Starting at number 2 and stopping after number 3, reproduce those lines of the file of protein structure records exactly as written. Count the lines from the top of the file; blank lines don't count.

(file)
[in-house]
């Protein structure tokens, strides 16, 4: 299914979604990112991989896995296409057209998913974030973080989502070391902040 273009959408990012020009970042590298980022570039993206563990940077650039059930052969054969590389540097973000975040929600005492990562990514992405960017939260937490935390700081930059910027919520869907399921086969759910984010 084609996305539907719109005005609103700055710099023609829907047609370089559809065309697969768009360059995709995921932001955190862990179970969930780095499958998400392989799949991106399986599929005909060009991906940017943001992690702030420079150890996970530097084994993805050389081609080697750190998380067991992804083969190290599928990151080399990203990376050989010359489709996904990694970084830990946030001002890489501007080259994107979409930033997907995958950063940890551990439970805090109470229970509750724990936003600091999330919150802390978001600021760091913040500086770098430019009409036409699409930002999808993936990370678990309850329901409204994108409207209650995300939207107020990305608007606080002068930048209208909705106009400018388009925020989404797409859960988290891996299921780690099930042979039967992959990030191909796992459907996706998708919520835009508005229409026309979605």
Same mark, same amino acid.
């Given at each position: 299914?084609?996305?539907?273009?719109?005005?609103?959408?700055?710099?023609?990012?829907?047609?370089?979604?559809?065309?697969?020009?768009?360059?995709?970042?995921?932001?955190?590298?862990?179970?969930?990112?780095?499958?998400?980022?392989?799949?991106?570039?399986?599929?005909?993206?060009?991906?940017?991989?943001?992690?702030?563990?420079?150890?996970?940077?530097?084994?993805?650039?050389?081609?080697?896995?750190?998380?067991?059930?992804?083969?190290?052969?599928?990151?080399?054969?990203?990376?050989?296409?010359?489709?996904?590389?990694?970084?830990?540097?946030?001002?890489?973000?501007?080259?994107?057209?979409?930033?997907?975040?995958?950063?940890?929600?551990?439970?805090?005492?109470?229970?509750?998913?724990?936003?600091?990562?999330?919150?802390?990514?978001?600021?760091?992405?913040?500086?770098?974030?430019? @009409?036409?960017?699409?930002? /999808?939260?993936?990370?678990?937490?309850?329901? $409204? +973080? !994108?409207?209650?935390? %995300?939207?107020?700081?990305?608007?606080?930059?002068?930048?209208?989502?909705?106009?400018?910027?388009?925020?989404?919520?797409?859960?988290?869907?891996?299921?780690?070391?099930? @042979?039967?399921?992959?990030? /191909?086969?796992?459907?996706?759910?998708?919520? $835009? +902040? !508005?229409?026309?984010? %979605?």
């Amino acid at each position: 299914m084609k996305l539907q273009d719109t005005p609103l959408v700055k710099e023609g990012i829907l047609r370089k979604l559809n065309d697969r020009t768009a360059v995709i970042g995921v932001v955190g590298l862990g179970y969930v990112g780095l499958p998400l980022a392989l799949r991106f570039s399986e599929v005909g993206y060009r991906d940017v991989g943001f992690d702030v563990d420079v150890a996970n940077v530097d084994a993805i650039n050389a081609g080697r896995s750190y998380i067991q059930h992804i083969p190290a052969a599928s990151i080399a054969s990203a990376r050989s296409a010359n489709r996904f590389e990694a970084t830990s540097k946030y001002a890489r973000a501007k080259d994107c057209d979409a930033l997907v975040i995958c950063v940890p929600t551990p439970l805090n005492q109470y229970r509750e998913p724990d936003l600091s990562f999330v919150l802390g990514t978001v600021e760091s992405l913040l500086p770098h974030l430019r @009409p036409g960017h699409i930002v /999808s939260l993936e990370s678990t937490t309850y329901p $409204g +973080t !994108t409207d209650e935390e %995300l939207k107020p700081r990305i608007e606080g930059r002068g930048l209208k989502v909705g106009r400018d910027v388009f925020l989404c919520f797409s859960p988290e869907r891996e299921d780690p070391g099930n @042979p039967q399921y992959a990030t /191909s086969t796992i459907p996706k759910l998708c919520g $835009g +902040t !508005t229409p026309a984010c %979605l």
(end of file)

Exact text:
């Protein structure tokens, strides 16, 4: 299914979604990112991989896995296409057209998913974030973080989502070391902040 273009959408990012020009970042590298980022570039993206563990940077650039059930052969054969590389540097973000975040929600005492990562990514992405960017939260937490935390700081930059910027919520869907399921086969759910984010 084609996305539907719109005005609103700055710099023609829907047609370089559809065309697969768009360059995709995921932001955190862990179970969930780095499958998400392989799949991106399986599929005909060009991906940017943001992690702030420079150890996970530097084994993805050389081609080697750190998380067991992804083969190290599928990151080399990203990376050989010359489709996904990694970084830990946030001002890489501007080259994107979409930033997907995958950063940890551990439970805090109470229970509750724990936003600091999330919150802390978001600021760091913040500086770098430019009409036409699409930002999808993936990370678990309850329901409204994108409207209650995300939207107020990305608007606080002068930048209208909705106009400018388009925020989404797409859960988290891996299921780690099930042979039967992959990030191909796992459907996706998708919520835009508005229409026309979605």
Same mark, same amino acid.